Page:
Where is your studio located?
My mixing and mastering studio is located in Barre, Vermont.
Though I typically focus on mixing and mastering, I do enjoy working as a music producer for bands. Due to my busy schedule I can only do this with select clients who I hand-pick to work with.
When I do take on a production project, I work with some of the best recording studios in Vermont to get a great tracking space that meets the band's budget.
What should I do to prepare for recording?
This is a very common question! The main thing is practice, practice, practice. The better you know your part, the more likely it is you can lay down a great performance in the studio. For more info on what to bring, download the Pinnacle Pro Sound Studio Prep Checklist.
What's the difference between producing music and recording music?
Over the years the term has morphed. Traditionally, a music producer runs the project from start to finish, helping the band finalize arrangements, booking studio time, staying on budget, etc.
Many recording engineers call themselves producers now (as do some beatmakers), but when I say production I mean production in the truest sense of the word.
When is a band ready to record?
I find that the best bands don't release every song they write – in fact, not even close to it. Bands may write 20-30, or more, songs to put out a 10 track album. It's a careful process of weeding out songs to get to the best of the best.
By doing this, those artists practically guarantee that they have the best chance of success going forward.
What do we need to get ready for mixing?
The process of mixing is one of the easiest to understand, but also one of the easiest to underestimate.
I'm a strong believer that quality audio starts at the source, during the recording phase of a project. Without that solid foundation, even the best mixing engineers can't always rescue a recording...
But at the same time, a bad mix can absolutely ruin amazing recordings, so it's important to choose a competent mix engineer.
So, to finally get to the point: you need to have good recordings, which are already edited and comped, and a great engineer who can mix them for you.
What files do we send in for mixing?
The ideal is always audio files in the native format of the recording session. If you recorded with a sample rate of 48kHz and 24 bit depth, send that. If the files were recorded at 44.1kHz and 16 bit depth, send that.
If you're not sure, ask your tracking engineer to export the files at native quality.
If the session was recorded and edited in Pro Tools, I can take the session files and folders in a .zip, otherwise I just need all of the individual files rendered to start at the beginning of the. session. If they don't start at the beginning of the session, I have no way of knowing how to line them up.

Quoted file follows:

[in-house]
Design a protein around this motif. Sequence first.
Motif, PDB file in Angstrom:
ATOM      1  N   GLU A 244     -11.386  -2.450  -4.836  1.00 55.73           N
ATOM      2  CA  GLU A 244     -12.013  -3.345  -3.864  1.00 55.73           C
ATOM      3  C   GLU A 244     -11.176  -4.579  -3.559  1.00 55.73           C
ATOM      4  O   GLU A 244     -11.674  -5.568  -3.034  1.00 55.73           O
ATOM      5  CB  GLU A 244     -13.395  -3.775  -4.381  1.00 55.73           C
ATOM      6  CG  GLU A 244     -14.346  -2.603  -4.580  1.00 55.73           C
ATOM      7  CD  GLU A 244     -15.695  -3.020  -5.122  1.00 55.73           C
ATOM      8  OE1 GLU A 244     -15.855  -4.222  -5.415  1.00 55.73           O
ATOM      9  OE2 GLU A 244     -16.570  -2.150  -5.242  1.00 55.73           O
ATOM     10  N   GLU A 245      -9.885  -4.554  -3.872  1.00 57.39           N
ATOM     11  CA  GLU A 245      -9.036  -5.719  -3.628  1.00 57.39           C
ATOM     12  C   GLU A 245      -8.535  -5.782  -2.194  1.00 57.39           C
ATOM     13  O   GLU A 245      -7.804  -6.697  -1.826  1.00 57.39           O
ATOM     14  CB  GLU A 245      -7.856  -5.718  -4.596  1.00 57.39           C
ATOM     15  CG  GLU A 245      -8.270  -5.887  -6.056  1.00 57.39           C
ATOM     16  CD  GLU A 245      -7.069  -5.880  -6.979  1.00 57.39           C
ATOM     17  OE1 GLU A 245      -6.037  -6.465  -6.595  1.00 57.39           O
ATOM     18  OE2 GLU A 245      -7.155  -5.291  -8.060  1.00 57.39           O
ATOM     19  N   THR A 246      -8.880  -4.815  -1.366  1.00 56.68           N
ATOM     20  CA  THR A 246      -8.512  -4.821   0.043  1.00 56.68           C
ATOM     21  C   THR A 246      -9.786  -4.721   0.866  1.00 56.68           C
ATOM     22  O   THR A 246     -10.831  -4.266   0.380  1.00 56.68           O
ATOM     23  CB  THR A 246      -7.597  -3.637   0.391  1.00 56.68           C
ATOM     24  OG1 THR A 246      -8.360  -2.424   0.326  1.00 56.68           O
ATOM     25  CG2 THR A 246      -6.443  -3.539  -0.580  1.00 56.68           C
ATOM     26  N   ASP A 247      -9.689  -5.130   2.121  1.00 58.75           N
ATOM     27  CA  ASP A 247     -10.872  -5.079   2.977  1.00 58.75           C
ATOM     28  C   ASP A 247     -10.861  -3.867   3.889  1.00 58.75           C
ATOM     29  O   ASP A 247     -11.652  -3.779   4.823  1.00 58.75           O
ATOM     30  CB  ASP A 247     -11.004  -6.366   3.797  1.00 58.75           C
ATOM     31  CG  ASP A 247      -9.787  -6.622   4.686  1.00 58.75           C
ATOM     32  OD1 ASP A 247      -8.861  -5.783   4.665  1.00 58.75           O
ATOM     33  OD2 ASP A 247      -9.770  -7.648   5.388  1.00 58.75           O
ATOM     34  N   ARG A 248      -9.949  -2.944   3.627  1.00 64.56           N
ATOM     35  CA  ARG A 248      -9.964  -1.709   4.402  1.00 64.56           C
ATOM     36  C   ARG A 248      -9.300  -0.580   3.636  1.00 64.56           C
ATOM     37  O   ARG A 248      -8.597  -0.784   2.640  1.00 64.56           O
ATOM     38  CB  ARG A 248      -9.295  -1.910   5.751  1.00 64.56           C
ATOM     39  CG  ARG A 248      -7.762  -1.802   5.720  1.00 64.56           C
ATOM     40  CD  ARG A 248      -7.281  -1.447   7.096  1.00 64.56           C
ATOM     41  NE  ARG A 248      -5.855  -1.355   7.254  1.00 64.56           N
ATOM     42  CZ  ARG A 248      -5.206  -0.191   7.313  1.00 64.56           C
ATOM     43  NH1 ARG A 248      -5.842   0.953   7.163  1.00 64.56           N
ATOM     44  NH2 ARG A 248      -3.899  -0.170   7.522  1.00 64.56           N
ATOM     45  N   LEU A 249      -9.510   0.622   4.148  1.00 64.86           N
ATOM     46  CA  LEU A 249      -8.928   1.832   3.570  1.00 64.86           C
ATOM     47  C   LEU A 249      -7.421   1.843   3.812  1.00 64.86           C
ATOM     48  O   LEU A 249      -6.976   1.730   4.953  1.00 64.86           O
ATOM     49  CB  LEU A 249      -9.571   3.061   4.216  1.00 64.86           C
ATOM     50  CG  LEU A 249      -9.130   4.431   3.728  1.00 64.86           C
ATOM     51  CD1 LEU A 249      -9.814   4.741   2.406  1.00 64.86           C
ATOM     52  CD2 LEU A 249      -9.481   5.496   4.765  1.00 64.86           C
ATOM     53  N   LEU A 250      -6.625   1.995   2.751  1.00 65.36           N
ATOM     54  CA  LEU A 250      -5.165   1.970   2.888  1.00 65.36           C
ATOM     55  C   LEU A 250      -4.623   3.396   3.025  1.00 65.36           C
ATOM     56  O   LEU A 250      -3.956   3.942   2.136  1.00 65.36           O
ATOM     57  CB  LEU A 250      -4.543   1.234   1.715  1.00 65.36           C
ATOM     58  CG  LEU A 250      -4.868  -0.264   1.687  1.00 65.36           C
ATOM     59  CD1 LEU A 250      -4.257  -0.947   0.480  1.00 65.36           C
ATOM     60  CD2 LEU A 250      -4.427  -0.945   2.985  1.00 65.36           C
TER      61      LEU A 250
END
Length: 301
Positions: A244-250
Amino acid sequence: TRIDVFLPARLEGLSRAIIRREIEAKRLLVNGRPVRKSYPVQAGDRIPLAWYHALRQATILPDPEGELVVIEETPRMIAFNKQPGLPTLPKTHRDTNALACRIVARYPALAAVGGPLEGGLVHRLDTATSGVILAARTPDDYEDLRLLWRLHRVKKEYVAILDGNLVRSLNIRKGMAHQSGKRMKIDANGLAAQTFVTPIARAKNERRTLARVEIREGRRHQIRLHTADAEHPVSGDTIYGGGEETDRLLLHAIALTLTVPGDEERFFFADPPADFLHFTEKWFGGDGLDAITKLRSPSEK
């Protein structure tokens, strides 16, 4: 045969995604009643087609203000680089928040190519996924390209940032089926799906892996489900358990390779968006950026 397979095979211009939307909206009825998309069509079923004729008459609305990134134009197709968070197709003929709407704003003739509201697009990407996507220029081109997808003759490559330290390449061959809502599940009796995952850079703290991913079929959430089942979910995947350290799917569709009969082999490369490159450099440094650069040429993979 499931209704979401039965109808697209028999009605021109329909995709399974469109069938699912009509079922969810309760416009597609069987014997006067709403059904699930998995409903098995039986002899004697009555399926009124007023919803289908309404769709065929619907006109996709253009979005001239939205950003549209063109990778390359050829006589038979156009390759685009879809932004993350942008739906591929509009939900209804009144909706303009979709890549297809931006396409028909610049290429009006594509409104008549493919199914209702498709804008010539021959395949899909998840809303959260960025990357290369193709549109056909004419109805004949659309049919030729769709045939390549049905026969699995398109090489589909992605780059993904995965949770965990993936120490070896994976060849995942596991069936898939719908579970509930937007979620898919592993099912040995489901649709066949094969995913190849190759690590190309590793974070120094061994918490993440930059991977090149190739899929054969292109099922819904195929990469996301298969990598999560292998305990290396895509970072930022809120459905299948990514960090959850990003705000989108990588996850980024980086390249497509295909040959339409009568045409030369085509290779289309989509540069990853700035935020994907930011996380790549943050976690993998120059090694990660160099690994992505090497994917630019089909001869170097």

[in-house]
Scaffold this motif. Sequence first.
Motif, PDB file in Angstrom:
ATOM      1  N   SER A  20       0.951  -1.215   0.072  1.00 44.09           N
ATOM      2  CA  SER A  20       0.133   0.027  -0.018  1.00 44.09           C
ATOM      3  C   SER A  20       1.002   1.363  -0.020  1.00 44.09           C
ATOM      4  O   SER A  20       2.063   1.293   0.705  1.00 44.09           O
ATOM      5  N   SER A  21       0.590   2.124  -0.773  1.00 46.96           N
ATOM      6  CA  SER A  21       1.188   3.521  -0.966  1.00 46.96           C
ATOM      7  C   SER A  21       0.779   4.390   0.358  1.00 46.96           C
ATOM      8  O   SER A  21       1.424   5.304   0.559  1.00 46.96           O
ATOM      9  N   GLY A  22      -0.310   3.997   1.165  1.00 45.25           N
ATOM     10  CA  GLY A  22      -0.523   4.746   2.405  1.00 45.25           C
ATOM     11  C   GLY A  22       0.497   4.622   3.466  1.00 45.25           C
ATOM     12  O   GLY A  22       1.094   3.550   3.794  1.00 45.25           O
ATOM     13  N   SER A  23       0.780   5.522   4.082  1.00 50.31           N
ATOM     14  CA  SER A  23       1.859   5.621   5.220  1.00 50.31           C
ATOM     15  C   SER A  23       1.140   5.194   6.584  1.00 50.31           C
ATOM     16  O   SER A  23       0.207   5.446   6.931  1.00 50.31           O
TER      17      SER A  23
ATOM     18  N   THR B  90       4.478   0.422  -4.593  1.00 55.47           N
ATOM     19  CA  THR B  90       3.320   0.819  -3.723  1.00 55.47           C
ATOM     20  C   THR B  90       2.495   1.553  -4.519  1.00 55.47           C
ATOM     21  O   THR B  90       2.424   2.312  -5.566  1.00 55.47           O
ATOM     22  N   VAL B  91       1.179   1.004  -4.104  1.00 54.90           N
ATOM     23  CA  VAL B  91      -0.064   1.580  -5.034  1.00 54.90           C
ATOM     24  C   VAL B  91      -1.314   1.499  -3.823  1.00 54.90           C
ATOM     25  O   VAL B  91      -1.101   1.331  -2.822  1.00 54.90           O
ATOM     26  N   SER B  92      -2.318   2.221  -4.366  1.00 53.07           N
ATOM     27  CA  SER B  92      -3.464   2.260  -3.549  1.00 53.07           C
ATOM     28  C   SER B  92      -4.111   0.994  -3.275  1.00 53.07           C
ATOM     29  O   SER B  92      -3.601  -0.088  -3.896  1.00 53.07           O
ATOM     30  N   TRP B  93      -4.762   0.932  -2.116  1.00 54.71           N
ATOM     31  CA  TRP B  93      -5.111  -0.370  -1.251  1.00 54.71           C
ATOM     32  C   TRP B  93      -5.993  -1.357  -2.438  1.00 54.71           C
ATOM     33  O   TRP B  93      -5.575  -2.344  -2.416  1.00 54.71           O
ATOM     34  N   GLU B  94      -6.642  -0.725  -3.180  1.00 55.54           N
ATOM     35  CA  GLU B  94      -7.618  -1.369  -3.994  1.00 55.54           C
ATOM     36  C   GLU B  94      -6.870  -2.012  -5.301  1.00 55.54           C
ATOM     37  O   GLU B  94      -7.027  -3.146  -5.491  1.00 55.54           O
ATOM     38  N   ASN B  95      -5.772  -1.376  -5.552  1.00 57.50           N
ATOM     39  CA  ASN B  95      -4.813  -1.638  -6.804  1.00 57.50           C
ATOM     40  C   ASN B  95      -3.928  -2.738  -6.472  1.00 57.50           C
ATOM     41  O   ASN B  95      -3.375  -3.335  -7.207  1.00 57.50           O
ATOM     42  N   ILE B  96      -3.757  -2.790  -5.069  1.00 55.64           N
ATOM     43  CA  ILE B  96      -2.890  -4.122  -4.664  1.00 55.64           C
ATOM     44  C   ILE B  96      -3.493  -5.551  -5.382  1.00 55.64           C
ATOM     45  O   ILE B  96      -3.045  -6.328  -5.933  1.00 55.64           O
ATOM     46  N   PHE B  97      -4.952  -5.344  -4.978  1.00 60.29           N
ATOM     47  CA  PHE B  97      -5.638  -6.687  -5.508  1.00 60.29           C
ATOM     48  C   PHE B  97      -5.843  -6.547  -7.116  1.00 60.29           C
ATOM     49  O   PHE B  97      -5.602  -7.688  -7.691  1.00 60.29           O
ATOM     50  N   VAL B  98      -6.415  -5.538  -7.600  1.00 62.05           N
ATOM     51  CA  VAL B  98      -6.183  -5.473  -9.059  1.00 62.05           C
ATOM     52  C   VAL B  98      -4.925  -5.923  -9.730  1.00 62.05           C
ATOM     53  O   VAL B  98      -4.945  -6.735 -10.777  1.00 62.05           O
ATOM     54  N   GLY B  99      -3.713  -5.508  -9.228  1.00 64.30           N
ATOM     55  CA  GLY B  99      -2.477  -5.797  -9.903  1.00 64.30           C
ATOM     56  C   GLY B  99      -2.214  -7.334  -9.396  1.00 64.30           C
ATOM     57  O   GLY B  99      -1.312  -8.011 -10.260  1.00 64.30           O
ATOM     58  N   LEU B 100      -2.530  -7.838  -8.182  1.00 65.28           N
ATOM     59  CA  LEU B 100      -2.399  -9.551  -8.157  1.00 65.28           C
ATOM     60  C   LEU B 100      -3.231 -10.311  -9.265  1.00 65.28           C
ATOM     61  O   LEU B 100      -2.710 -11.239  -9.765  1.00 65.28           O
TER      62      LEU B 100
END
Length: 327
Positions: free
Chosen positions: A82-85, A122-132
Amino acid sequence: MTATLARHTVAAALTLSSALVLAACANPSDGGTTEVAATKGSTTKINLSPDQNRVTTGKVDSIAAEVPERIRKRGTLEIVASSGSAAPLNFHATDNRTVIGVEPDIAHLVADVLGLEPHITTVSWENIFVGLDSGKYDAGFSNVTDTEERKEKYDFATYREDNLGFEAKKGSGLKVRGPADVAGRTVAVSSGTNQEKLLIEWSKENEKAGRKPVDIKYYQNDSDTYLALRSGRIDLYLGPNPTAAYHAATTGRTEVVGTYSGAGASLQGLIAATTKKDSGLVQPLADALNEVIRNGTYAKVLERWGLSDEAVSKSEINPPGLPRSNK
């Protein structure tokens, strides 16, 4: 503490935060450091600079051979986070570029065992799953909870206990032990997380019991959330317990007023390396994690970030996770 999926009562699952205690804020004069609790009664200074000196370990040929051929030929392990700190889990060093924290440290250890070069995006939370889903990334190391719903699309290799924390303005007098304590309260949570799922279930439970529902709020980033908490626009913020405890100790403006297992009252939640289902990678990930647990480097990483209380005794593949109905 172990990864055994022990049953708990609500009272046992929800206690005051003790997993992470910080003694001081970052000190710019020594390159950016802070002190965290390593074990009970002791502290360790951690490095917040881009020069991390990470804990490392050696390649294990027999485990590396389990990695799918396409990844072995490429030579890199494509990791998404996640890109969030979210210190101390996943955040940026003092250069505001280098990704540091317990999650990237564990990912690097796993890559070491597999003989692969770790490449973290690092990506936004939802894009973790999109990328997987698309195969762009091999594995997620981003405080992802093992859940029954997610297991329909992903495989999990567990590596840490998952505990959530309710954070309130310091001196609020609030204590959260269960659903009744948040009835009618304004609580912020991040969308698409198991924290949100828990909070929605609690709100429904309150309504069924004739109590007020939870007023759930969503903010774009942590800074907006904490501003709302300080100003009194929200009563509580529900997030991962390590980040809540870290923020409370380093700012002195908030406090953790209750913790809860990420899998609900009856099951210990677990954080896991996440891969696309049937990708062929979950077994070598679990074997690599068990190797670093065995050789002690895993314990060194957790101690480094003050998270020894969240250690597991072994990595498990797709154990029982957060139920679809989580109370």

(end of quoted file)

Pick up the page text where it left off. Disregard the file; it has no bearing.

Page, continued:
A text file with tempo info for each song is always beneficial, or if there are tempo changes a MIDI tempo map is required.
What do we get after mixing?
After mixing, you get a finalized mixdown – a stereo .wav file at the native resolution of the session. I can also prepare alternate versions of the songs as needed, such as instrumental versions. Just let me know!
What is mastering?
Mastering is the process of fine-tuning the audio and preparing it for a commercial release. Without mastering, files may not be optimized for distribution, both from a technical standpoint as well as a sonic standpoint.
Why do I need to get my music mastered?
Mastering is like the final layers of paint that go on a car. Without that paint, the car isn't complete and although it runs and can be driven, it isn't the best product it can be. Mastering ensures that nothing is out of place on your release.
What do we get after mastering?
A stereo .wav file ready for commercial release. It will be in the red book CD format, so you can send it directly to a pressing plant or upload for digital distribution.
Additionally, if you require a DDP file I can provide that for you as well.
How can I distribute my music?
My favorite vendor for physical CDs is Discmakers. They've been in the game for a long time and have a good selection of options at a decent price point.
For digital distribution (both stores and streaming) I suggest two different options:
DistroKid offers a low annual fee with unlimited releases and no commission. However, they don't have as many features as other distributors do.
CDBaby takes a one time fee for each release up upload, without an annual fee, but takes a 9% cut of digital sales. In exchange, you get more features and better reports of where and how people consume your music.
How do I get people to listen to my music?
The first thing should be creating a buzz. All too often, I see bands drop a Spotify link on Facebook saying "here's our new song" and that's it.
By hyping up the release for a few weeks or months in advance (depending on if it's a single, EP, or LP), you create excitement and get your followers to follow you more closely.
If you want to take it to the next step and try for coverage on blogs, YouTube channels, or Spotify playlists, I'd recommend submitting your music to tastemakers using SubmitHub.
If you're interested in SubmitHub, check out this article I published on optimizing your submissions.
Book an appointment with me using the form below and I'd be happy to chat with you!